The elevated risk of suicide attempt and suicide ideation associated with being a person identified as TGD remained, even after adjusting for age, violence victimization, whether someone had Medicaid health insurance, white vs. non-white race, and the interaction between TGD identity and violence victimization. Identified TGD patients also had higher documented rates of depression and anxiety disorders, substance use, and usage of behavioral and physical health services. Some of the higher rates of mental health and substance use diagnoses may reflect the fact that TGD patients are more likely to be screened for these conditions prior to starting certain types of gender affirming care, such as hormones. Other patients in the health system may be much less likely to have been screened for these conditions and therefore less likely therefore to be diagnosed or in treatment.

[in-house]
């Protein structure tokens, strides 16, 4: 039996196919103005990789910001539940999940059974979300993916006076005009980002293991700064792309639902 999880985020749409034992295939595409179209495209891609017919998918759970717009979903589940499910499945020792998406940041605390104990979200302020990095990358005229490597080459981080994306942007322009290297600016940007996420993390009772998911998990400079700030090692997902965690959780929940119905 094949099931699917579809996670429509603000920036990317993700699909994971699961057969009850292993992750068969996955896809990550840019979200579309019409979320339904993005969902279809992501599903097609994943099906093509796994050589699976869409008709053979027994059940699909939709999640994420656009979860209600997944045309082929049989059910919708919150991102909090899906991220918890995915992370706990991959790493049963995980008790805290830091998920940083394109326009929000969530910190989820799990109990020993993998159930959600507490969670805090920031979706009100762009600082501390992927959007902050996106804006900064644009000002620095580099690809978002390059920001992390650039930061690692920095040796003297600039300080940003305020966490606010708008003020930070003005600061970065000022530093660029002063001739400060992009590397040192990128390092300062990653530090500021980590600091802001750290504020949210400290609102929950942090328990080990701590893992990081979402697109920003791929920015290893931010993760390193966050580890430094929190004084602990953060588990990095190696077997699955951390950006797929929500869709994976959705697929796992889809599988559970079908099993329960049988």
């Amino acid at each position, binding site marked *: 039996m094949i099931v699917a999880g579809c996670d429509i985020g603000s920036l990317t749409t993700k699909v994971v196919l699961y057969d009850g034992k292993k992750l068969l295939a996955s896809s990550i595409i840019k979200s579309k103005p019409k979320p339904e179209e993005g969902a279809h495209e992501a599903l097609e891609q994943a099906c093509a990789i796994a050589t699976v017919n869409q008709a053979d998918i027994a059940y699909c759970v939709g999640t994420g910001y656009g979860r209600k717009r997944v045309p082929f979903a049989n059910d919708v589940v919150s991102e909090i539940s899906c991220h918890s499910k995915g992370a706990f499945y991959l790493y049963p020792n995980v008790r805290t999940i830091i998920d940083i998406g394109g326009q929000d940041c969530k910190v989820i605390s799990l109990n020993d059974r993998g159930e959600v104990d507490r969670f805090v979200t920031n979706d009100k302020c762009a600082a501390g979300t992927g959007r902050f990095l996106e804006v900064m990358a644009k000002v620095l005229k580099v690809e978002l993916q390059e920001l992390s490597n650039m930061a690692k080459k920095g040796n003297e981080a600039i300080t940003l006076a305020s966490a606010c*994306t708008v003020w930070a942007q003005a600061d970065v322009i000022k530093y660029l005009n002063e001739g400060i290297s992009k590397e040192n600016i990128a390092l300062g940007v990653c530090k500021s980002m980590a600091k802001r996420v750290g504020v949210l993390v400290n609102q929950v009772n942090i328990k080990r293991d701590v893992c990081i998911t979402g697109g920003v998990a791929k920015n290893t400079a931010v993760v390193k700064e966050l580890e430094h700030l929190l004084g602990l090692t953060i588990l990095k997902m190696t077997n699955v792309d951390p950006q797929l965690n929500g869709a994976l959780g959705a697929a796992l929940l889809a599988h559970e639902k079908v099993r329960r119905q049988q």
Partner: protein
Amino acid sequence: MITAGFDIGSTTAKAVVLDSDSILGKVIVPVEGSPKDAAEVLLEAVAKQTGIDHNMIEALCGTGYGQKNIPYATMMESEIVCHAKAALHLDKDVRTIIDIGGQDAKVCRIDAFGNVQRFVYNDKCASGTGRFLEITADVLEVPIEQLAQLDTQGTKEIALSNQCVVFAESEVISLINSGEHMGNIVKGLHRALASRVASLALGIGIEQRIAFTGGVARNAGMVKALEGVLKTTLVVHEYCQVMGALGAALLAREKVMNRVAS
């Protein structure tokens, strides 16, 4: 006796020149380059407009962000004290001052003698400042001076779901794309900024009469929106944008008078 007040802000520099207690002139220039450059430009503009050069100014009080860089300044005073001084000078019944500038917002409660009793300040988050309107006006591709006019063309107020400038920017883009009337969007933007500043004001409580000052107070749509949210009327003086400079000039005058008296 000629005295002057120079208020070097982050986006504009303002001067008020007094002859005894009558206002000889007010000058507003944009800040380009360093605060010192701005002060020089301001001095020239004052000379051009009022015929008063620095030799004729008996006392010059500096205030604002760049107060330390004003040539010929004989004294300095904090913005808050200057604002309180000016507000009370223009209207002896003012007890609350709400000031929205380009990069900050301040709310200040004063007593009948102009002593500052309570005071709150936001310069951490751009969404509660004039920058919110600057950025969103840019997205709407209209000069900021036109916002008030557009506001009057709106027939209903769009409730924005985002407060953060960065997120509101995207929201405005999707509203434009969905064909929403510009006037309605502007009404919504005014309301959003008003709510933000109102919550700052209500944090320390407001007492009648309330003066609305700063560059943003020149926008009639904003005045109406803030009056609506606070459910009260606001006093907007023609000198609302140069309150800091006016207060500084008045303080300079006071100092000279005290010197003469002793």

The authors believe the study findings point to a need for transgender-affirming policies at all levels. Negative experiences such as marginalization, gender-based discrimination and healthcare discrimination are more common among TGD people in comparison to other groups, including within the LGBTQ+ community. The effects of these negative experiences are made worse by experiencing adverse social conditions such as financial instability, homelessness and unemployment, all of which contribute to higher rates of suicidality.

"Cambridge Health Alliance has started training staff to ask about sexual orientation and gender identity,” said study co-author Nathaniel M. Tran. “As a health system, we started to ask every patient about potential social needs like access to food, housing conditions and violent relationships. By routinely asking our patients about these potential areas of need, we can reduce stigma, provide additional support during their visit and connect them with community resources.”

Other institution-level policies such as publicly posting gender identity and gender expression non-discrimination policies, respecting room assignment preferences, and establishing protocols for affirming interactions with transgender and gender diverse patients can lead to more comprehensive care. Additionally, specific training around suicidality prevention and violence risk assessment should be mandatory for medical providers, trainees and non-medical staff interacting with patients.